Federal Rule of Civil Procedure 4 governs service of summons in the federal courts. "Unless federal law provides otherwise, an individual... may be served in a judicial district of the United States by following state law... [.]" Fed.R.Civ.P. 4(e). Where service is authorized by federal statute, serving a summons or filing a waiver of service establishes personal jurisdiction over a defendant. Fed.R.Civ.P. 4(k)(1). ERISA contains a nationwide service of process provision that permits an enforcement action to be brought in federal court in a district "where the plan is administered" and process to be "served in any other district where a defendant resides or may be found." 29 U.S.C. § 1132(e).

Furthermore, since ERISA authorizes nationwide service of process, the Fifth Amendment's "national contacts" theory is applicable here. Strategic Outsourcing, Inc. v. Commerce Benefits Grp. Agency, Inc., 54 F.Supp.2d 566, 570 (W.D. N.C. 1999) (stating that ERISA's nationwide service of process has been interpreted for the purposes of personal jurisdiction as a "national contacts test"); McD Metals, 964 F.Supp. at 1045. The national contacts inquiry under the Fifth Amendment asks whether a defendant has sufficient aggregate contacts with the United States as a whole. McD Metals, 964 F.Supp. at 1044.[3] Courts have held that ERISA's nationwide service provision comports with the Fifth Amendment's due process guarantees. See Bd. of Trs., Sheet M Workers' Nat'l Pension Fund v. Elite Erectors, Inc., 212 F.3d 1031, 1037 (7th Cir. 2000) ("[Section] 1132(e) comports with the Constitution and provided the Eastern District of Virginia with personal jurisdiction over [defendants] even on the assumption that neither [defendant] has any contacts' with Virginia."); see Weese v. Savicorp, Inc., No. 2:13-cv-41, WL 6007499 (N.D. W.Va. Nov. 13, 2013), at *3 (collecting Fourth Circuit cases applying national contacts test where a federal statute authorizes nationwide service of process).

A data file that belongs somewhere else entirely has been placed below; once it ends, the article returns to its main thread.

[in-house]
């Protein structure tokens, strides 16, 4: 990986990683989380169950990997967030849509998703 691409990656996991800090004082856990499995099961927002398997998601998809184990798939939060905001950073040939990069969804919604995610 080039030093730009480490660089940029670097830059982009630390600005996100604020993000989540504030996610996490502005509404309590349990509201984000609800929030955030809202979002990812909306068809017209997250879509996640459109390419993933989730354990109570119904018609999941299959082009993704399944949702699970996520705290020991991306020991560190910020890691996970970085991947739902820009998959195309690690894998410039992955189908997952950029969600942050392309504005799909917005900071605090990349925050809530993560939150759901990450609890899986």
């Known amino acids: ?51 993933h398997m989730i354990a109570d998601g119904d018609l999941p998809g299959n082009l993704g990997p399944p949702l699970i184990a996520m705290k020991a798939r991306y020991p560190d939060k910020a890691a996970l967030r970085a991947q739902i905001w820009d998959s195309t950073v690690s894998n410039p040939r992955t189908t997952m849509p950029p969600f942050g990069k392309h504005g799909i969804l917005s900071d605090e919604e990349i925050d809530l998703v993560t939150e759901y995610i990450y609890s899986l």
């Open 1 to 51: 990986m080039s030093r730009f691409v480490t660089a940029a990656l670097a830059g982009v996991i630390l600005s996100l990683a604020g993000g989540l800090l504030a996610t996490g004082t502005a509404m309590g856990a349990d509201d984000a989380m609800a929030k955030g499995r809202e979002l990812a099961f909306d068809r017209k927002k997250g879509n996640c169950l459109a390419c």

In this case, the Plan is administered at Plaintiff's principal place of business in Fairfax, Virginia. (Compl. ¶ 3.) Boeser is a citizen of Minnesota and was served there. (Boeser's Mem. in Supp. [Dkt. 12] at 5; see also [Dkt. 10].) As a Minnesota resident, Boeser has sufficient contacts with the United States to be subject to suit in this country. Accordingly, this Court has personal jurisdiction over Boeser under the national contacts theory. See Denny's, Inc. v. Cake, 364 F.3d 521, 524 (4th Cir. 2004) (stating a district court in South Carolina had personal jurisdiction over California defendant where plan was administered in South Carolina). Therefore, Boeser's motion to dismiss for lack of personal jurisdiction is denied.[4]

B. Boeser and Boeser, Inc.'s Motions to Transfer Venue

Defendants seek to transfer venue to the District of Minnesota. Motions to transfer are governed by 28 U.S.C. § 1404. The relevant portion of the statute instructs: "For the convenience of the parties and witnesses, in the interest of justice, a district court may transfer any civil action to any other district or division where it might have been brought." 28 U.S.C. § 1404(a). There are two prerequisites to application of this statute. First, § 1404(a) only applies where venue is proper in the transferor forum. Bd. of Trs. v. Sullivant Ave. Prop., LLC, 508 F.Supp.2d 473, 476 (E.D. Va. 2007). Second, the proposed transferee forum must be one where the suit might have been brought. Id. Both prerequisites are met here. Venue is proper in this Court because Plaintiff administers the fund here. 29 U.S.C. § 1132(e)(2). Venue would also be proper in the District of Minnesota, both because Defendants reside there and that is the place of the alleged breach. Id. The District of Minnesota has personal jurisdiction over the Defendants for the same reasons.